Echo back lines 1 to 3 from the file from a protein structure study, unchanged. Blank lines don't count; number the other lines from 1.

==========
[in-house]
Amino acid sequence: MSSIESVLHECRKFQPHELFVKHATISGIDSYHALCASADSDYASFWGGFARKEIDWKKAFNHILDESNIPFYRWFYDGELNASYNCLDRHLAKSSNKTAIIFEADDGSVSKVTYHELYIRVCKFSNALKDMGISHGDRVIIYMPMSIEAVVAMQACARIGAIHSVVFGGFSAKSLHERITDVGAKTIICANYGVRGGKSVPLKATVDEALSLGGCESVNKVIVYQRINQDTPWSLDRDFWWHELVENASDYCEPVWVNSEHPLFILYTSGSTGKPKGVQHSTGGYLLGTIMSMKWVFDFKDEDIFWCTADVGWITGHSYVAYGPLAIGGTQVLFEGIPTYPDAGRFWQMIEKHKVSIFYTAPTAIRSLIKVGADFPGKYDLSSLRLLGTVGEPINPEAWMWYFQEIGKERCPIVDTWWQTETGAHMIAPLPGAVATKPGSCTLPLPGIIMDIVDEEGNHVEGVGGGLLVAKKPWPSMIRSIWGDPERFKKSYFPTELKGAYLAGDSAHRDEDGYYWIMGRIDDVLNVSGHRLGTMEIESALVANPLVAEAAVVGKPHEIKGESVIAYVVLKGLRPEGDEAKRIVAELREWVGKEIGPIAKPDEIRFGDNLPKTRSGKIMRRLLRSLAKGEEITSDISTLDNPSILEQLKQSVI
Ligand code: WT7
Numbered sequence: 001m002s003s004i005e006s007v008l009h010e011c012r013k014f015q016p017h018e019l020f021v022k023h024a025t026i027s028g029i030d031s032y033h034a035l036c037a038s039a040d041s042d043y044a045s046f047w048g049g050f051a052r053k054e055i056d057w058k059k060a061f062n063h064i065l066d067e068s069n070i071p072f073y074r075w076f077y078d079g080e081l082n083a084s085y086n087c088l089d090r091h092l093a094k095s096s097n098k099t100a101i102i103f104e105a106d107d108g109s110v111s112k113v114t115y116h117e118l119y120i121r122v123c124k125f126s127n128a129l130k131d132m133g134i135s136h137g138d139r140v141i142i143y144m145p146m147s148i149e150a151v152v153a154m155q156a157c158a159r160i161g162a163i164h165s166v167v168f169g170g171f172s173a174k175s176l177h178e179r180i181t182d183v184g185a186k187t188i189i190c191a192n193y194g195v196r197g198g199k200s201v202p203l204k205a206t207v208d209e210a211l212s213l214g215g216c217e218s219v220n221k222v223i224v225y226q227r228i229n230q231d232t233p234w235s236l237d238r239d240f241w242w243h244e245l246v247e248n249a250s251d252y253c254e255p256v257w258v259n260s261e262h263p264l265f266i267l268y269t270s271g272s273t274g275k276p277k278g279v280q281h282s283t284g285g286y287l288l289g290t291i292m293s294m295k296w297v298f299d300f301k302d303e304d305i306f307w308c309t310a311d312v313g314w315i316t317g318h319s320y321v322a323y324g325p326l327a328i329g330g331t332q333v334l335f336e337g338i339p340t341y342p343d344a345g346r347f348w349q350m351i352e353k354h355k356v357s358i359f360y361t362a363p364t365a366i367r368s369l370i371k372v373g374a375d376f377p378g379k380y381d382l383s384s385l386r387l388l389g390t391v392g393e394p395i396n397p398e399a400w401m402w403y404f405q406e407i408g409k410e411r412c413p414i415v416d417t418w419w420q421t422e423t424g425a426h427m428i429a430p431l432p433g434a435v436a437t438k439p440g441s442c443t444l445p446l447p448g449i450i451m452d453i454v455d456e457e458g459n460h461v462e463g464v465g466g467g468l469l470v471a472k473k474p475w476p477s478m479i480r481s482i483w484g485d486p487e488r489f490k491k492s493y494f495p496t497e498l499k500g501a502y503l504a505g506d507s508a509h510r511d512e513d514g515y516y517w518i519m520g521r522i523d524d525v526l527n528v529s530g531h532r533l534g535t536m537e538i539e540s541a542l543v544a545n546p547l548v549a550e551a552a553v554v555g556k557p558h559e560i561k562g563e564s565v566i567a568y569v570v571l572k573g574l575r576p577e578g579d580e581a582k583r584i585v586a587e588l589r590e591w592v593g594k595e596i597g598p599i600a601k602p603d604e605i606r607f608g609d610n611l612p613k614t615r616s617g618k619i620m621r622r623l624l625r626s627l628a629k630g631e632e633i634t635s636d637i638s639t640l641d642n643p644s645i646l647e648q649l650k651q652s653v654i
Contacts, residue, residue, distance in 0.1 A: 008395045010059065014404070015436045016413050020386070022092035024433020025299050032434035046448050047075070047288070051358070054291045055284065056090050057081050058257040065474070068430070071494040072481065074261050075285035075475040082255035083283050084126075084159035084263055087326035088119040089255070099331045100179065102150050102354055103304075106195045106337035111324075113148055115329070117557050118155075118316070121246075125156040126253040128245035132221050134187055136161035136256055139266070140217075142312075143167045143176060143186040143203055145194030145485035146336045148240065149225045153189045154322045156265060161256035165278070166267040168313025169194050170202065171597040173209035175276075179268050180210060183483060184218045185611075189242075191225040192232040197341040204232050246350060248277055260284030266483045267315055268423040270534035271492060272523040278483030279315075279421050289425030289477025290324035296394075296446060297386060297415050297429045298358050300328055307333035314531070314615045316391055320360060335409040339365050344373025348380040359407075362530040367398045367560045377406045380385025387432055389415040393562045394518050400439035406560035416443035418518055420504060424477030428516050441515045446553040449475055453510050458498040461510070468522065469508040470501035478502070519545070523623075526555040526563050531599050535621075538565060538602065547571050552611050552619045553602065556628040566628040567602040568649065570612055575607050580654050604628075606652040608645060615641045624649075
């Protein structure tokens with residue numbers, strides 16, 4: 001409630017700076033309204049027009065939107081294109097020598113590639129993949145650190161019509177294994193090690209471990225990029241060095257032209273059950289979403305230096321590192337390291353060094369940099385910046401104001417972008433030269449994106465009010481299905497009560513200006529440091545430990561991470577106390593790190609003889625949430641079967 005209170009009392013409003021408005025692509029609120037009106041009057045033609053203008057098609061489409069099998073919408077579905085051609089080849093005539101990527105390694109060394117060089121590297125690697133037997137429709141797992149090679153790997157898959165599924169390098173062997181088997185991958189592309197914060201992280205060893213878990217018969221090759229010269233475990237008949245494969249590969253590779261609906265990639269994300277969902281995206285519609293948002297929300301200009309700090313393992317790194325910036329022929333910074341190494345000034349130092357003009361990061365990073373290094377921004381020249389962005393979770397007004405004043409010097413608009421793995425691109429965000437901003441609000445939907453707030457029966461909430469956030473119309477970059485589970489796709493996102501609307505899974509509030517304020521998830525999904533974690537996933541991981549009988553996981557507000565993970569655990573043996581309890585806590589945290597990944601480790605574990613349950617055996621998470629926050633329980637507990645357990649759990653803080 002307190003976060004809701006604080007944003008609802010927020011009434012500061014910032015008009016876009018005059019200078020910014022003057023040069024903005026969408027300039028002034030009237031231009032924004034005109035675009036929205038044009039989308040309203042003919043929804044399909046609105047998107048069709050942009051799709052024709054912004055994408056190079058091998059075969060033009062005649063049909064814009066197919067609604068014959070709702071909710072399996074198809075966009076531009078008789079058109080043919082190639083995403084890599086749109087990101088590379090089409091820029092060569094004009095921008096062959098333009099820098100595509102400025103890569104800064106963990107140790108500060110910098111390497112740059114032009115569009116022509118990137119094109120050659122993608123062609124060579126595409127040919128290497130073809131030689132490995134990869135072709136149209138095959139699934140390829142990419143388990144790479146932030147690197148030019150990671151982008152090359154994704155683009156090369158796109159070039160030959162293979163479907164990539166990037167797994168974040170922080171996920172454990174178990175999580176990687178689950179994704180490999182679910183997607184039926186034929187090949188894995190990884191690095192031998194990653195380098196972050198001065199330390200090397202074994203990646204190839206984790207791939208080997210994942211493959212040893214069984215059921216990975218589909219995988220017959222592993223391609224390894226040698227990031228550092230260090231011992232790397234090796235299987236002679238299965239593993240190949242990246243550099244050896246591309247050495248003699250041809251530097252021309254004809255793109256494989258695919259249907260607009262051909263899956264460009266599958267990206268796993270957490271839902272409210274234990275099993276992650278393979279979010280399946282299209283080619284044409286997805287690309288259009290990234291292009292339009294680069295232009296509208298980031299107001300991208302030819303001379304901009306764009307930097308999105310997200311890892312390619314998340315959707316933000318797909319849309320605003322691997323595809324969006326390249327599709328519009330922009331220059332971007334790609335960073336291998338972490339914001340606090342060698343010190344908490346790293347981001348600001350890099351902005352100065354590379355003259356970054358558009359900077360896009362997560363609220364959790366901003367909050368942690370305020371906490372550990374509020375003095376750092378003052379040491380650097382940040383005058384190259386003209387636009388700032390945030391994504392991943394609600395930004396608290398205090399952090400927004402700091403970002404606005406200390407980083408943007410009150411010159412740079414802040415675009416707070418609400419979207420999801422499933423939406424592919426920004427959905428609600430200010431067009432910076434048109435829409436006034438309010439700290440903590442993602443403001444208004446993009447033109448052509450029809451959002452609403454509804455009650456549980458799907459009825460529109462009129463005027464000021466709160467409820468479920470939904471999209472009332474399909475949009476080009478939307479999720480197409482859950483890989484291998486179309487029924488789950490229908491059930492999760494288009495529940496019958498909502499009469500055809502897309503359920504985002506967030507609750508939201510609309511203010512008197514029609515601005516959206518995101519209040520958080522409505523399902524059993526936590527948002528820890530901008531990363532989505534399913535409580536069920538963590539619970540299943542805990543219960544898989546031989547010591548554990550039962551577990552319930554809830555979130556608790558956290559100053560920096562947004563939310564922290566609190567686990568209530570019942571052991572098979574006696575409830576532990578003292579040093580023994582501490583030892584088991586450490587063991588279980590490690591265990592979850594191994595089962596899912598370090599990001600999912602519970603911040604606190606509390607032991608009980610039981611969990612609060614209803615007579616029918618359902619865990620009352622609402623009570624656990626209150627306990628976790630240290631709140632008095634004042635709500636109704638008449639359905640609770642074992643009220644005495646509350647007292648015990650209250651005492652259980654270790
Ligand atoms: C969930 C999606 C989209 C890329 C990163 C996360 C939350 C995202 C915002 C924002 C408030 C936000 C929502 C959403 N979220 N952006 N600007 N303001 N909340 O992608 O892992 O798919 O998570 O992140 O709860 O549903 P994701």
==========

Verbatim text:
[in-house]
Amino acid sequence: MSSIESVLHECRKFQPHELFVKHATISGIDSYHALCASADSDYASFWGGFARKEIDWKKAFNHILDESNIPFYRWFYDGELNASYNCLDRHLAKSSNKTAIIFEADDGSVSKVTYHELYIRVCKFSNALKDMGISHGDRVIIYMPMSIEAVVAMQACARIGAIHSVVFGGFSAKSLHERITDVGAKTIICANYGVRGGKSVPLKATVDEALSLGGCESVNKVIVYQRINQDTPWSLDRDFWWHELVENASDYCEPVWVNSEHPLFILYTSGSTGKPKGVQHSTGGYLLGTIMSMKWVFDFKDEDIFWCTADVGWITGHSYVAYGPLAIGGTQVLFEGIPTYPDAGRFWQMIEKHKVSIFYTAPTAIRSLIKVGADFPGKYDLSSLRLLGTVGEPINPEAWMWYFQEIGKERCPIVDTWWQTETGAHMIAPLPGAVATKPGSCTLPLPGIIMDIVDEEGNHVEGVGGGLLVAKKPWPSMIRSIWGDPERFKKSYFPTELKGAYLAGDSAHRDEDGYYWIMGRIDDVLNVSGHRLGTMEIESALVANPLVAEAAVVGKPHEIKGESVIAYVVLKGLRPEGDEAKRIVAELREWVGKEIGPIAKPDEIRFGDNLPKTRSGKIMRRLLRSLAKGEEITSDISTLDNPSILEQLKQSVI
Ligand code: WT7